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California governor declares drought emergency in 2 Northern California counties

Gov. Newsom traveled to Mendocino County to announce how the state plans support vulnerable communities impacted by drought conditions.

MENDOCINO COUNTY, Calif. — After two years of well below average rain and snow, California is entering its long, dry season with little chance to see significant improvement until the next rainy season in October. 

As of Thursday, April 22, 50% of the state is considered in extreme drought. 5% of the state is considered exceptional, the highest level of drought in California. During the peak of the last drought, 58% of the state was listed as being in exceptional drought. 

Lakes and reservoirs remain low, with most well below average. Lake waters will rise with the spring melt, but not as much as a normal year because snowpack for most of the state is also well below average.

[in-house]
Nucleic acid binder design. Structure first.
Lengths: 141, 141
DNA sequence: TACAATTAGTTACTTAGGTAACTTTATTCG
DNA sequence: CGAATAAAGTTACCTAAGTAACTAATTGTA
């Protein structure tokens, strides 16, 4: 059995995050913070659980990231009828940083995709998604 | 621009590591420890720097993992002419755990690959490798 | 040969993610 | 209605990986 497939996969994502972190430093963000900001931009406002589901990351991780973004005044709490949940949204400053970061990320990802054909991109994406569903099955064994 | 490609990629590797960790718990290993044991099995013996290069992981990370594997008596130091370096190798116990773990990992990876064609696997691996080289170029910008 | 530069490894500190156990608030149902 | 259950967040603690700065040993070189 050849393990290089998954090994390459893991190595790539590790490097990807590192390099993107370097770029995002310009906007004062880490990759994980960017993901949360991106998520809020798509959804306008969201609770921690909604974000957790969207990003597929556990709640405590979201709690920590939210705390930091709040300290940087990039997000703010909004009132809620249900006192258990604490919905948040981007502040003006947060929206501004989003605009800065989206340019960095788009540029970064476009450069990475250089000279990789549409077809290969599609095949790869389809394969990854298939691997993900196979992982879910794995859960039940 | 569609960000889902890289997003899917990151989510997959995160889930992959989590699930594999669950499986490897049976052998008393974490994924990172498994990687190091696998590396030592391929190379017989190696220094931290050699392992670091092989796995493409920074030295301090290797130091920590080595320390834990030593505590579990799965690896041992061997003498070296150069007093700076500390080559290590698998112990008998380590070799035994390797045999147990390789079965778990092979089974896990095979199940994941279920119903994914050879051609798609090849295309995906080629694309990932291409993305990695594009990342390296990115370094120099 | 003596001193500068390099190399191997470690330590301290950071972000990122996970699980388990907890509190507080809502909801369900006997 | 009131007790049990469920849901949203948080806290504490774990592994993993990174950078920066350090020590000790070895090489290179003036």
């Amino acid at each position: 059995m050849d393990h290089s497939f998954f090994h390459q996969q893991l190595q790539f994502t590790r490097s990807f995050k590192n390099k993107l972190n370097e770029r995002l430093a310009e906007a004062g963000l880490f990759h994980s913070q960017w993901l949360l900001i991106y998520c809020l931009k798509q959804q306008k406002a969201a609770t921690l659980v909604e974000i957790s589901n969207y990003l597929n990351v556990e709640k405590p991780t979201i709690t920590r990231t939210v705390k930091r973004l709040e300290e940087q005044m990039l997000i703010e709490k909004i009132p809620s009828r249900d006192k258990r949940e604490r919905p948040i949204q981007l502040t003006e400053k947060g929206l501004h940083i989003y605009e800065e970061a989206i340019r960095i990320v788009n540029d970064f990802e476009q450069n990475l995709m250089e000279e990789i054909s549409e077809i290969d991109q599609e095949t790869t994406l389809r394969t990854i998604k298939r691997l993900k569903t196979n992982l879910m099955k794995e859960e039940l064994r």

On Wednesday, Gov. Newsom traveled to Mendocino County, to discuss the state’s response to these continued dry conditions in California and how the state will support vulnerable communities.

The governor declared an emergency executive order in two Northern California counties in response to particularly bad drought conditions there. Wednesday’s announcement affects Mendocino and Sonoma counties. It comes as California is expected to face another devastating wildfire season after a winter with little precipitation. 

The state Department of Water Resources says this is the fourth driest year on record statewide, especially in the northern two-thirds of the state. Newsom noted that three-quarters of the western United States are in what's called a megadrought.

Re-watch the event on the ABC10's Facebook page.


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